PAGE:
The listener is immediately projected into this world from the very first track, ‘Stars of Gao’, driven by Super 11 band’s distinctive Takamba (‘a distinctive staggered rhythm clapped on a calabash, and a gritty distorted terhardent accompanied by slow ghostly dance, typical of the Gao, northern Mali), blended with some digital sounds and echoing effects produced by Race and Eckman’s tablets’s apps.

Talking drums and hand slapped congas intriguingly introduce the track ‘Clouds are cover’ which, together with a steady but slow bass groove and resonating guitars, manage to successfully evoke the incumbent storm oppressing the sky and the hearth of a distant lover.

The track ‘Blind City’, with its more aggressive bass grooves and repetitive guitar riffs, draws out the image of a corrupted and deeply hurt city, whose renowned vitality and ferment has been substituted with a ghost-like landscape:

So little to do/ But to get drunk and hate/ So little to do/ But to slither and wait

Crow fly junction/ In a one-ghost town/ Don’t kid yourself/ You’ll never see me around

Aminata Wassidje’s cry for unity and call to fight back the looters and the enemies of peace (‘Narha’) echoes on top of a solid bass line intertwined with distorted guitars and digital soundwaves.

‘Moving Carefully’ (featuring Tamikrest’s members), with its slow rhythm and reflexive tone, tries to capture the adversities and nostalgia faced by displaced people, probably inspired by the thousands of people fleeing from the Northern parts of Mali:

Don’t turn around / Just to be sure we are goin’ faraway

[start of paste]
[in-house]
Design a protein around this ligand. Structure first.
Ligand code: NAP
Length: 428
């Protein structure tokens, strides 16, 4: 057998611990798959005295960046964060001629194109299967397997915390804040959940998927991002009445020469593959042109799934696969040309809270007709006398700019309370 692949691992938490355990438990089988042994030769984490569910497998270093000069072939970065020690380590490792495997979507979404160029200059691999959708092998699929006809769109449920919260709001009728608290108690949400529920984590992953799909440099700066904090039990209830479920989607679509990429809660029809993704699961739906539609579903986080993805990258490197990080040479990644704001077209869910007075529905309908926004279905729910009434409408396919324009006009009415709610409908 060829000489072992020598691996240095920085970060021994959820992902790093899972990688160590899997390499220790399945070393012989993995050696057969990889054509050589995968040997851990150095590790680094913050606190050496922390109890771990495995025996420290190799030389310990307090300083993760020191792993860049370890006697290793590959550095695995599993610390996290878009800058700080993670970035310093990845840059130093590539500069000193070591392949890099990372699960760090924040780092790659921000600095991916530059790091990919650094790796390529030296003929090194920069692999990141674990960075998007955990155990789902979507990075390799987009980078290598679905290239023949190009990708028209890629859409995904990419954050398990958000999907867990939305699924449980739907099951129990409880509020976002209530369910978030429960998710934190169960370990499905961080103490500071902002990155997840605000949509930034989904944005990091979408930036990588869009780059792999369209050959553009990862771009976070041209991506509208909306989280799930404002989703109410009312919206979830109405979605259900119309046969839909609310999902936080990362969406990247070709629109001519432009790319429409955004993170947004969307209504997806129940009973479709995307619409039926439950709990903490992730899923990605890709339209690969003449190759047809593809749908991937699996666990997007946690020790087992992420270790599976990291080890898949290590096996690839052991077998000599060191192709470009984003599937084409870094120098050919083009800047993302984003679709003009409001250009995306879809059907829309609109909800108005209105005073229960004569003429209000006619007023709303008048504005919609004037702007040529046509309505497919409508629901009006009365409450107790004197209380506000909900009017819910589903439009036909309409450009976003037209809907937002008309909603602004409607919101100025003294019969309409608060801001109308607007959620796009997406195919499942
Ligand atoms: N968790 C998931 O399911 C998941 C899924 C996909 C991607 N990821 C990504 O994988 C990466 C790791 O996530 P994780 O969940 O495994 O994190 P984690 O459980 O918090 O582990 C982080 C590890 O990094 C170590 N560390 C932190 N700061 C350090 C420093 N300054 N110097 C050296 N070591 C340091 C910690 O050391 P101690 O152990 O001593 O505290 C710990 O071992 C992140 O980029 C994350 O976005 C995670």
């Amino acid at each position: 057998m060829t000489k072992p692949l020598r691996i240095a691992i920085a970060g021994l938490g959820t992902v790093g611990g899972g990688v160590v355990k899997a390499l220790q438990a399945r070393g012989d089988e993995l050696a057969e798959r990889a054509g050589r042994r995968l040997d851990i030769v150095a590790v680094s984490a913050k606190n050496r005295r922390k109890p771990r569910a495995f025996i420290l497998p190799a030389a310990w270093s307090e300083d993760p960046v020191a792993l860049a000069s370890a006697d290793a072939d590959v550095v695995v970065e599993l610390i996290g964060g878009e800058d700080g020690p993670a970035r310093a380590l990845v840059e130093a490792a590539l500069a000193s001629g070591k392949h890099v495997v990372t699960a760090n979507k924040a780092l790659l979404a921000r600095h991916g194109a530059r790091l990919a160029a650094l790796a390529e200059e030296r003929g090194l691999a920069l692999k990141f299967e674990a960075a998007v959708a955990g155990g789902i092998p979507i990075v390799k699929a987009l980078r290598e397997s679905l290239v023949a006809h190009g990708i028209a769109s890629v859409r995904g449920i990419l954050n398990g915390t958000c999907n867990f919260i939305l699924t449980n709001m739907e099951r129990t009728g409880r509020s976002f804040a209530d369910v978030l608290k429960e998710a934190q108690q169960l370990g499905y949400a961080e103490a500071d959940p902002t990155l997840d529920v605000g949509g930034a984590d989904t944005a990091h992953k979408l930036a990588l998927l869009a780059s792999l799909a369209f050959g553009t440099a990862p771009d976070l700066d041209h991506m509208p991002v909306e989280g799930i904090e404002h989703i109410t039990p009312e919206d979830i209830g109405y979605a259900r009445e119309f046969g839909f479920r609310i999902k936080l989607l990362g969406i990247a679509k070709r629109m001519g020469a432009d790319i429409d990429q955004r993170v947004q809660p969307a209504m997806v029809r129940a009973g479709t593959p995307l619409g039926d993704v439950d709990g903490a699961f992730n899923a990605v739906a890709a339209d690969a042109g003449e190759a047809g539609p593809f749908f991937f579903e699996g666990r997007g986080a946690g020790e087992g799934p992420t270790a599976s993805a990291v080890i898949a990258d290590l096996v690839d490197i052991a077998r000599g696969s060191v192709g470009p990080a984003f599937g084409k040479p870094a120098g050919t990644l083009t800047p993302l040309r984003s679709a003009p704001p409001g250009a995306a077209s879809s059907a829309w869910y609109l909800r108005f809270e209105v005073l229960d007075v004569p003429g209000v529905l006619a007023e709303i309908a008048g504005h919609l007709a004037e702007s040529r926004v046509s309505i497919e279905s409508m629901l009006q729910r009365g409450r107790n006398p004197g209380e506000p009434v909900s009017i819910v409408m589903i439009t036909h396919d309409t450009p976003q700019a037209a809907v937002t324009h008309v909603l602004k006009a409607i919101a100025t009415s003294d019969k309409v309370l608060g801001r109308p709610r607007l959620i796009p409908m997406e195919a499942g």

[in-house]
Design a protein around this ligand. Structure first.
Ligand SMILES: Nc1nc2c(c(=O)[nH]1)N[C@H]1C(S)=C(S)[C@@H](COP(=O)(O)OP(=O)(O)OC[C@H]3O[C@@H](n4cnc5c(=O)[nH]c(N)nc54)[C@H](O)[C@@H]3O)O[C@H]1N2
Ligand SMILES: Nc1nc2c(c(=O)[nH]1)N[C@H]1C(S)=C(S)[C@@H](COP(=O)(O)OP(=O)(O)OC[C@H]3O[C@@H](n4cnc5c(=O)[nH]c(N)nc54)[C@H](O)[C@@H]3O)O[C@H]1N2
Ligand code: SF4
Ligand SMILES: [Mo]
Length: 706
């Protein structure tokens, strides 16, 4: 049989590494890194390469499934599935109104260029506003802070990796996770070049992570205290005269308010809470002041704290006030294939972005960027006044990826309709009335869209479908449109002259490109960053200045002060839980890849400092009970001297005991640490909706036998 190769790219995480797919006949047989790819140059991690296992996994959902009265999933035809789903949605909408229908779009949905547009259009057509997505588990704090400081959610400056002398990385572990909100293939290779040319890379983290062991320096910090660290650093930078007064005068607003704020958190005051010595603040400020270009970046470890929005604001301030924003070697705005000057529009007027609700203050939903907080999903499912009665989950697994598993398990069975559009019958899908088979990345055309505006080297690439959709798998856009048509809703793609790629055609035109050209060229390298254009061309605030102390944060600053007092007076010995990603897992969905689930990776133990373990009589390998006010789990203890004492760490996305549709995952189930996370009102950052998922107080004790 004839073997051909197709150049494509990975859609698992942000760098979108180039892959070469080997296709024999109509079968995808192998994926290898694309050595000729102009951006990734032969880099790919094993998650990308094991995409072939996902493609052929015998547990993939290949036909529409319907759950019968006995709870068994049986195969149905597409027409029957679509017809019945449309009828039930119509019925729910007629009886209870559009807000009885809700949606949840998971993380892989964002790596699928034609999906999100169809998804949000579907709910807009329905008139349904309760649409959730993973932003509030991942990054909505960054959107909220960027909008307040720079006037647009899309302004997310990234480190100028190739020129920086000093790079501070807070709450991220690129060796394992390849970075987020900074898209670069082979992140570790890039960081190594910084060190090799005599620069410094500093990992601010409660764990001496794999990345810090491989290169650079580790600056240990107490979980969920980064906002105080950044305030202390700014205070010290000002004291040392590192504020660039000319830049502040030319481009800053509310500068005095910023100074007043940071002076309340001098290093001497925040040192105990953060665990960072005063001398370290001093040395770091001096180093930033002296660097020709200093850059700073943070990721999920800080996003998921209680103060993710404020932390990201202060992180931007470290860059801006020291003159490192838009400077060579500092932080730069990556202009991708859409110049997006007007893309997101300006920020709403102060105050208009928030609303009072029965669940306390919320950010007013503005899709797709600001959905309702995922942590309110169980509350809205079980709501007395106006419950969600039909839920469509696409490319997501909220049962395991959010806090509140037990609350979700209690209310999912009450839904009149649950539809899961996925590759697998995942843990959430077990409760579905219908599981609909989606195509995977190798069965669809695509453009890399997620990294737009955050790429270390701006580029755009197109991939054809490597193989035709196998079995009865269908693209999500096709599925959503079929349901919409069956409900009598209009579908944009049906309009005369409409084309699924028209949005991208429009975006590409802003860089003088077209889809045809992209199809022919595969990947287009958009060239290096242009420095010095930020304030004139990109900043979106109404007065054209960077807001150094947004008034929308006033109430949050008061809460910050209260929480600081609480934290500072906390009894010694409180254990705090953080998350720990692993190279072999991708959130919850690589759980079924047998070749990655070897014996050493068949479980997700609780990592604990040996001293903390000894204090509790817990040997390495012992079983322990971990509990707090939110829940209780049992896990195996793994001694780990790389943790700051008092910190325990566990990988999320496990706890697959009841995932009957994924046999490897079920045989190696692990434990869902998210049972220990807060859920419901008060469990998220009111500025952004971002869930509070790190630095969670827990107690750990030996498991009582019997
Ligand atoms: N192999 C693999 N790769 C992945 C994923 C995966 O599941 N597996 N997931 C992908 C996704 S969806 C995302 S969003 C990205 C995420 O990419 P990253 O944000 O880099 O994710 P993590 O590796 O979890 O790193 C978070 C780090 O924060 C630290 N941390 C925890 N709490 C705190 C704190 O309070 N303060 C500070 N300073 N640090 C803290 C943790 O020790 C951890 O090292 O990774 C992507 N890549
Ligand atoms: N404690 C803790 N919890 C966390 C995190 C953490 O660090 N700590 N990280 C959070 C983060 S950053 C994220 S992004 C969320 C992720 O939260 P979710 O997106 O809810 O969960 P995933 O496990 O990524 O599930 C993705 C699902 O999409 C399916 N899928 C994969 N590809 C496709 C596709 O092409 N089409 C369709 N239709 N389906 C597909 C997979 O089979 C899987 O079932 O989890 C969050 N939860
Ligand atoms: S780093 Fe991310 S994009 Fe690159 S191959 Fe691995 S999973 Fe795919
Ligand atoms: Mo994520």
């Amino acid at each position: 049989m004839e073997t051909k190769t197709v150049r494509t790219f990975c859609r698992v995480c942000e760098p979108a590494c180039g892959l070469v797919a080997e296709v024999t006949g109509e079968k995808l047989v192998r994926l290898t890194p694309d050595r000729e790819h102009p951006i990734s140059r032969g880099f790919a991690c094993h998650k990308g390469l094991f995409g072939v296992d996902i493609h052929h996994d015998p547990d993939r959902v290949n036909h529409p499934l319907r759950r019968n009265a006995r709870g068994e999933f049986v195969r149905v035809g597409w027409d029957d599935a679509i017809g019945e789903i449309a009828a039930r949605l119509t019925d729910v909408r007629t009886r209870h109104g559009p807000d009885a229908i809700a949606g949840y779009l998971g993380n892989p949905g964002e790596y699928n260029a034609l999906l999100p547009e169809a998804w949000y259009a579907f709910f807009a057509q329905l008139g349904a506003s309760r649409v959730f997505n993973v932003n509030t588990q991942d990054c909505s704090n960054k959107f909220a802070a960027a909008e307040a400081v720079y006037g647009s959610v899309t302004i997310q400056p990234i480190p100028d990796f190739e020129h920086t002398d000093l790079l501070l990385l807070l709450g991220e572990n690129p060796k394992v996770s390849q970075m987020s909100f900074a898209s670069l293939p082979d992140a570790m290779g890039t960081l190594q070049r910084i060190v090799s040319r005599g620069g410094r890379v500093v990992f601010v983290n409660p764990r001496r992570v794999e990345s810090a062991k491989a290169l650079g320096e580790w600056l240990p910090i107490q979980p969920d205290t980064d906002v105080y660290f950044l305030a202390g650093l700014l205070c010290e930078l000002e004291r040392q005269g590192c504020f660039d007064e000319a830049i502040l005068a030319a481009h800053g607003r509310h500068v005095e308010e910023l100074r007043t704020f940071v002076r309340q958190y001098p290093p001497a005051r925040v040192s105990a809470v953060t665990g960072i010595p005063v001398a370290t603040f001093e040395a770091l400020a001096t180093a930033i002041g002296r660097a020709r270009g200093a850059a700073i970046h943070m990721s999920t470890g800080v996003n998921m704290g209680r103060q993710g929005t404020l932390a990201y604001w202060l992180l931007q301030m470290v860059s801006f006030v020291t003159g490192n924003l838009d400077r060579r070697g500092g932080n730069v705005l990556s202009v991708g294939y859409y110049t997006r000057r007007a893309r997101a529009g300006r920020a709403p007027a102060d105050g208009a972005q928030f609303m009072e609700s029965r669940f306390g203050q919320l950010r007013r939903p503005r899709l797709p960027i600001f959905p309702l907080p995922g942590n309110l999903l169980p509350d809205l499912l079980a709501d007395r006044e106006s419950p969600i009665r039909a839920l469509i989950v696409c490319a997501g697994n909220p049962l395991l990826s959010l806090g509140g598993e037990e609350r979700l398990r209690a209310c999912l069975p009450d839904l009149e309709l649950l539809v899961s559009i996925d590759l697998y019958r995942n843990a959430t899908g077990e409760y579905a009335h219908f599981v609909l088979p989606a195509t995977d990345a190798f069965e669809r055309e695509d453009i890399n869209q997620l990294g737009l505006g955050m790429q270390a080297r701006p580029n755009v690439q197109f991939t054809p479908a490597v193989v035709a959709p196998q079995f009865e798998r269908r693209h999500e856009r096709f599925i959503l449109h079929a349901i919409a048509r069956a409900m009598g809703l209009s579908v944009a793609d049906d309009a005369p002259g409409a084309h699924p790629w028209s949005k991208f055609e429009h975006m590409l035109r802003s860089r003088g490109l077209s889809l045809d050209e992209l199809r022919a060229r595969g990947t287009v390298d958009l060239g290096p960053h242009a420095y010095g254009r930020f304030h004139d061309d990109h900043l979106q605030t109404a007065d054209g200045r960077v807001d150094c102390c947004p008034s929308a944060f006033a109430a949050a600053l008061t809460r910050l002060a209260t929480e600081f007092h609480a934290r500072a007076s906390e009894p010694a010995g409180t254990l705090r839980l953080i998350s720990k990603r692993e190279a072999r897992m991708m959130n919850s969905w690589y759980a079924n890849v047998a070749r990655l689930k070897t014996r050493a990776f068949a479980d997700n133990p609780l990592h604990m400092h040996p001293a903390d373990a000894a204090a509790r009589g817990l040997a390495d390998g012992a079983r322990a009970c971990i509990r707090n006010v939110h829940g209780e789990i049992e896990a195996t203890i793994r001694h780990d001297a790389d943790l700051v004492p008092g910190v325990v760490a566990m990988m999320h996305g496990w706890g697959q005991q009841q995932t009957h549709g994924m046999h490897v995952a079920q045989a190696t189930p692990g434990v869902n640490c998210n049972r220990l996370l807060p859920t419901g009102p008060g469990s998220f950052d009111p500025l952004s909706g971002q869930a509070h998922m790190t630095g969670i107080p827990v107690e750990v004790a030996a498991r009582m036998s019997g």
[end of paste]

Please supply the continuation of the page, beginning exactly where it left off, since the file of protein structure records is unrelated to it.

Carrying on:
Would be best if we could just forget that place /Cut it into scraps got one for every day.

While maintaining the same haunting atmosphere, the album also offers more lively songs, such as the balafon-driven ‘Starlight Club’ and ‘Ballade de Ben Zabo’.

The album finally closes with ‘September 12’, where the Senegalese singer Ibrahima Douf sings an ode to his Grandmother in an intimate and sweet mood which takes us far away from the conventional public griot praise-singing style.

Glitterbeat, which is the subsidiary label of Glitterhouse producing the album, was born in 2012 out of these musical collaborations. It has a clear aim: to elude established genres definition and theory, to break cultural walls and divisions, believing that ‘the global musical conversation’ is being reinvented and reconfigured every day.

Do they managed to reach this goal? Clearly this album shows they are going in the right direction, even if I have the feeling there is still more to do and to experiment in order to achieve a more mature and fully convincing sound. However, it will be interesting to hear how Malian audiences will welcome this experiment,  and if these sounds can really resonate with some of the experiences of their everyday life and experiences back in 2012.
Regardless of the audience reception, it is though evident that Dirtmusic stayed true to their name: what you can hear on this album seems in fact to come out from a jam session on a distant verandah wrapped in the red dust and the tense air of a restless and anguished Bamako.